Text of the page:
How to Avoid High Octane Stress and Organize Information for Your Family

Think, for just a few moments, about what would happen if you suddenly became incapacitated or died. Would your spouse or family know what to do? Would they know where to find important records, assets, password, usernames, and insurance documents? Would they be able to access (or even know about) online accounts or files on your computer?

Would they know whom to ask if they need help? Would they miss assets or insurances you’ve paid for? Not knowing what’s out there, where to find it, and how to access it is extremely stressful and burdensome. If you put all of your information in a safe place and let loved ones know where it is, you’re providing for and protecting your family, instead of dumping stress on them at an already stressful time. Putting the effort in now, to establish a formal document inventory, will alleviate unnecessary anxiety and turmoil at one of the hardest times of their lives.

Key Takeaways

  • If you should suddenly become incapacitated or die, your family would need to know where to find the information they need.
  • Let your loved ones and trusted helpers know where to find your document inventory.
  • Do not assume your process will be readily understood by others; hold a trial run to make sure they can find and understand your records.
  • Keep your inventory current with a bi-annual or annual review.

Here’s the Information Your Loved Ones Will Need

There is a large volume of documents and information that your family would need during a calamitous event such as incapacitation (even temporary) or death. This basic list will help you start thinking of the critical information you would want your family to have within reach.

  • Legal documents (will, living trust, and health care documents; adoption, marriage, divorce, military discharge certificates; insurance policies, deeds, and car titles)
  • List of medications (with dosages) you are taking
  • List of your advisors (estate planning attorney, CPA, banker, insurance agent, financial advisor, and physicians)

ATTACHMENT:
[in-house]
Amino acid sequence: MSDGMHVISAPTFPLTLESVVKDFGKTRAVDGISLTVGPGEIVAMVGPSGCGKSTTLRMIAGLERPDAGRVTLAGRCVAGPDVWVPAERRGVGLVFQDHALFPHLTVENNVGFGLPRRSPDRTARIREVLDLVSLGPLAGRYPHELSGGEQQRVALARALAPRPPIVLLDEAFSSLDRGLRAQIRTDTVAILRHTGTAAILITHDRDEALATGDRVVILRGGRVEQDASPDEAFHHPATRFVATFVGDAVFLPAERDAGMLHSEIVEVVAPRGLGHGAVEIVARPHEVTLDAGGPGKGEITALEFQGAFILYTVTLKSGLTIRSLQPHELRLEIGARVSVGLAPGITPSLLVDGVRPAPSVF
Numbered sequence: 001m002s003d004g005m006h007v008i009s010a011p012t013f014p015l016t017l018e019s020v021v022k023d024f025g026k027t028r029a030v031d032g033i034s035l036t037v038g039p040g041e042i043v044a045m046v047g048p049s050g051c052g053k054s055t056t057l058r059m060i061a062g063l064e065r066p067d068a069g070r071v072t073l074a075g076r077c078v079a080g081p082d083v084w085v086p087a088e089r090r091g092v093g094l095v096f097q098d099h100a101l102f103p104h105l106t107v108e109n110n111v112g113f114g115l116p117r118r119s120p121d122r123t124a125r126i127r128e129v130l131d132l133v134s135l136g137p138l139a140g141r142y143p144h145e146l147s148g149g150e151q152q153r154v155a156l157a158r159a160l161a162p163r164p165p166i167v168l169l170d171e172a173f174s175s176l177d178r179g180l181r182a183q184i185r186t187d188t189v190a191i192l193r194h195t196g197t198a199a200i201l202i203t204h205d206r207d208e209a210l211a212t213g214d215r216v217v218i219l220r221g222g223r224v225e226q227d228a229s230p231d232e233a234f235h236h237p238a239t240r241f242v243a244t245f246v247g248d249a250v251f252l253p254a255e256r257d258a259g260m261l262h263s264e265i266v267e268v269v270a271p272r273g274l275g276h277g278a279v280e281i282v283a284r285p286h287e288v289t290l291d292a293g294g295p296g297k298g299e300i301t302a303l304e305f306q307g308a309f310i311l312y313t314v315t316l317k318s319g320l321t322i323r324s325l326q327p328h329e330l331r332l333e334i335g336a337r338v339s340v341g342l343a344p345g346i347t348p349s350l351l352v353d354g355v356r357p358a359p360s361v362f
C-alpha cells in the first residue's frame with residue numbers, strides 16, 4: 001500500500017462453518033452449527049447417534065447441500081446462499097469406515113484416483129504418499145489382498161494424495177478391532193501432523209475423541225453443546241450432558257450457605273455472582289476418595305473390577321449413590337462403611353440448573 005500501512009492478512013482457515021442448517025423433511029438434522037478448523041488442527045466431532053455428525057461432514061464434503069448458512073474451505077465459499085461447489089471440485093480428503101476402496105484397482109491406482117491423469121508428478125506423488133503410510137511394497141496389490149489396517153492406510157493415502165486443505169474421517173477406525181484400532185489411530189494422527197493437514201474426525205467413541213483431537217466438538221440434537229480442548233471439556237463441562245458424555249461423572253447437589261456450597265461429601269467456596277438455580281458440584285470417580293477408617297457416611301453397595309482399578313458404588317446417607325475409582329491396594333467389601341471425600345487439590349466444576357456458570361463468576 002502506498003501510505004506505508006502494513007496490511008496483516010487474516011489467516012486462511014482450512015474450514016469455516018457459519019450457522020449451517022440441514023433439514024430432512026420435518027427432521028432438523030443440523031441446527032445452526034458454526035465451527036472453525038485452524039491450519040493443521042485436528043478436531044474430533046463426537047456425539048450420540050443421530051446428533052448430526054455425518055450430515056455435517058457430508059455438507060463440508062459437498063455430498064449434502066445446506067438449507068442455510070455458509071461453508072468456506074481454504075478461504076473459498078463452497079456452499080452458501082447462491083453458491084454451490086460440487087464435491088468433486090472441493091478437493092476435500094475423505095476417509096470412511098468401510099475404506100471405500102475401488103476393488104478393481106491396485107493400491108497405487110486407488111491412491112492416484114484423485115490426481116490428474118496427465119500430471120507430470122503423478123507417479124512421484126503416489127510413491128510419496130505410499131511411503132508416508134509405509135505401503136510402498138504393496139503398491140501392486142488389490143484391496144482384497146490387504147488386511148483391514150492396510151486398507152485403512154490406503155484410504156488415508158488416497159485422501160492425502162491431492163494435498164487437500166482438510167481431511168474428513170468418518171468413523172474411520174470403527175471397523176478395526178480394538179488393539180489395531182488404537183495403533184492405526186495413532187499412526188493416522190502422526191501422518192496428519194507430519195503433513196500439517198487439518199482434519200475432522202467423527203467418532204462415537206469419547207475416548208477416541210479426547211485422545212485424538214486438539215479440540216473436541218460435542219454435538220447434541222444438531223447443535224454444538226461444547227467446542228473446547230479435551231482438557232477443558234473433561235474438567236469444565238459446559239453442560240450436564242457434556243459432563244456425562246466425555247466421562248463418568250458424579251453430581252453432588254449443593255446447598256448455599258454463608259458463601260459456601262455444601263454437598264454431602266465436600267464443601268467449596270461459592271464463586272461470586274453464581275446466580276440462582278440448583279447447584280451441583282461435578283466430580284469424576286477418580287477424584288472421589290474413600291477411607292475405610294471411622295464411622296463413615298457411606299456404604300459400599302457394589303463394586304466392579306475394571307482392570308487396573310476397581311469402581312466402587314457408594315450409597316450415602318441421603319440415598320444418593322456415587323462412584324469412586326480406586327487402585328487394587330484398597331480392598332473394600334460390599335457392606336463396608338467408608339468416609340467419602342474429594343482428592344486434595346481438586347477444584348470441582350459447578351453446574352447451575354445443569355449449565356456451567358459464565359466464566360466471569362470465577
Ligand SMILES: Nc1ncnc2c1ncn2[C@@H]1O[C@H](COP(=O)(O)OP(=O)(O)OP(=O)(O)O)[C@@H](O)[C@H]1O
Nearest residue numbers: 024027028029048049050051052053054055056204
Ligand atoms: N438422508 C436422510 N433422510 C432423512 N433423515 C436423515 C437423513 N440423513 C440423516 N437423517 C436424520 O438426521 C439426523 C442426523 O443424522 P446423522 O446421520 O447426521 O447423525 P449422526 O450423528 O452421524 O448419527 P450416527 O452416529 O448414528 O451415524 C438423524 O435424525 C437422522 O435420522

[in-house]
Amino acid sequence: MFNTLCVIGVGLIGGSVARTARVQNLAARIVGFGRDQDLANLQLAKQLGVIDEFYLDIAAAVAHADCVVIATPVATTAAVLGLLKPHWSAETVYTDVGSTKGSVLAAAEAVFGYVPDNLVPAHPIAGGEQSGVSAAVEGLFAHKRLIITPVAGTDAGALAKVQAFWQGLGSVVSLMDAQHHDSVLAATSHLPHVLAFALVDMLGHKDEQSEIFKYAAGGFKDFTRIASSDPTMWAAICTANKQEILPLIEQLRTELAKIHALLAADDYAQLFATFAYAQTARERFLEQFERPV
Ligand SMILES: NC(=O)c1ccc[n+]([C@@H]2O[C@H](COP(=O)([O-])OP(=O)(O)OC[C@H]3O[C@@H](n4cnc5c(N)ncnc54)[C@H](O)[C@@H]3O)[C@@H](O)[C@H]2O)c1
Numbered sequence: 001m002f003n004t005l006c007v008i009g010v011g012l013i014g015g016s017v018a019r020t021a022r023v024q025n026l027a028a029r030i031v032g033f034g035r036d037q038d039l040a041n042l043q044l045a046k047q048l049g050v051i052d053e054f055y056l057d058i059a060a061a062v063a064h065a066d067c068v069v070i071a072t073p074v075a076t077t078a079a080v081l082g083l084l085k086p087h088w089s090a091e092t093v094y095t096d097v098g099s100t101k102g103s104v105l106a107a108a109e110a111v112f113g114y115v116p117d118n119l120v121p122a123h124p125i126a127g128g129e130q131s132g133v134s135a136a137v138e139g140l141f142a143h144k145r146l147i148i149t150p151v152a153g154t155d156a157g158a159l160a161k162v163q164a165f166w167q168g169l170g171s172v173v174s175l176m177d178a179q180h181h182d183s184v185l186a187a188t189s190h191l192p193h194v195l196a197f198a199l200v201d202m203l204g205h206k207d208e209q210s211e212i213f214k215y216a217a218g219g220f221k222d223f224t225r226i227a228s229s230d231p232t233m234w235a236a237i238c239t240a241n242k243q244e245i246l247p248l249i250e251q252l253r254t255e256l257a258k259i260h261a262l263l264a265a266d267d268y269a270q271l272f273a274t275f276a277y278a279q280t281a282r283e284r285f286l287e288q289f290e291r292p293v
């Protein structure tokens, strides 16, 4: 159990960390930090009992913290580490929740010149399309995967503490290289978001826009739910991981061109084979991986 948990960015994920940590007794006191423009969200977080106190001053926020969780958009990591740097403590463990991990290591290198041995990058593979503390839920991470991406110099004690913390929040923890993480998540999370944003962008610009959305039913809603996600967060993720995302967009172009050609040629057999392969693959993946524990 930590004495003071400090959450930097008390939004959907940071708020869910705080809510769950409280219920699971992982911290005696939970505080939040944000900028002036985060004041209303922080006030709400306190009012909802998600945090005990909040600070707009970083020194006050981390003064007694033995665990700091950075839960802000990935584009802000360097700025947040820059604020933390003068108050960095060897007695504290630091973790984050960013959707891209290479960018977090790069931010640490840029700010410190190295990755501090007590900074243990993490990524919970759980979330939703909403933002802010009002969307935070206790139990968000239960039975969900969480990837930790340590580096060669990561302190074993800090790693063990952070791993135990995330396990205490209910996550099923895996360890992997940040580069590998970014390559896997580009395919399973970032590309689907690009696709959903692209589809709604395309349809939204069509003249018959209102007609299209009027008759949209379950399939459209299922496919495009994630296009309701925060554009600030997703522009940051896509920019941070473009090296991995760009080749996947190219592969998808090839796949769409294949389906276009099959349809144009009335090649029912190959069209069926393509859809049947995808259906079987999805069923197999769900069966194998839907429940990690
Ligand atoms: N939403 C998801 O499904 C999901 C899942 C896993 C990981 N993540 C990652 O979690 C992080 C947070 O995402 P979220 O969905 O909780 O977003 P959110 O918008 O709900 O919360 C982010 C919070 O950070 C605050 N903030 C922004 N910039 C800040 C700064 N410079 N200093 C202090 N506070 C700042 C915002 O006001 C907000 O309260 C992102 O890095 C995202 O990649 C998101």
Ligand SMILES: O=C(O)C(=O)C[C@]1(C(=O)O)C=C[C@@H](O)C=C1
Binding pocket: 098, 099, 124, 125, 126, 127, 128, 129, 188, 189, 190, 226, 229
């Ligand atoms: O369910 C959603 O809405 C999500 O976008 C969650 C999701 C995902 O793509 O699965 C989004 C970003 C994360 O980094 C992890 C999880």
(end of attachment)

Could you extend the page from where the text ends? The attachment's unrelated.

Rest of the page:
• Insurance policies (health, disability, long-term care, business, life, auto, homeowners, renters, and umbrella)
  • Year-end bank and investment account statements as well as the most recent quarter’s statement
  • Storage facility location, access method, and inventory
  • List of all assets and accounts, including location, account numbers, date purchased and purchase price
  • Safe deposit box location, list of contents and location of key
  • List of companies or people to whom you owe money (mortgage, credit cards, friend, etc.)
  • List of people who owe you money
  • Death, disability, pension, and insurance benefits from organizations
  • Past tax returns (6 years)
  • User IDs, passwords, and PINs for all financial, email, social media, photo sharing, bookkeeping, computer, and other online accounts

What You Need to Know

Your document inventory requires a methodical listing of both hardcopy and digital forms. While the effort will be more challenging at the start, the maintenance of the inventory is much simpler. Be mindful that your digital footprint will likely grow much faster in the future than it has in the past, but you’ll be able to keep up with it.

Additional Actions Necessary to Protect You and Your Loved Ones

  • Give current copies of your health care documents to your physicians and designated agent(s).
  • Keep your original documents in one safe place, like a fireproof safe. Make copies for the notebook described next.
  • Buy one or two three-ring binders to organize your personal and financial information. You can enter it by hand or create spreadsheets on your computer, but having it all in one or two binders will make it easy for your family to find and use. If you leave it on your computer, they may never find it. Include locations, contact information, account numbers, and approximate amounts.
  • Include a list of online accounts and how to access them (including passwords).
  • Clean up your computer desktop and put important files in an easy-to-find desktop folder.
  • Have a trial run. Ask your spouse or other trusted helpers (such as your successor trustee or executor) to pretend that he or she needs to access needed information.
  • At least once a year, but preferably every six months, review and update your notebook, computer desktop files, and usernames and passwords for online accounts.

We know that this paperwork is a pain and easy to put off, but rest assured that you’ll feel so much better when it is all in place – and so will your loved ones. Any questions about what documents to save and for how long – or – questions about making sure your estate planning documents are up to date so they work when you need them? Feel free to call us at Lambert Elder Care Law, (229)292-8989. We’re always happy to help.

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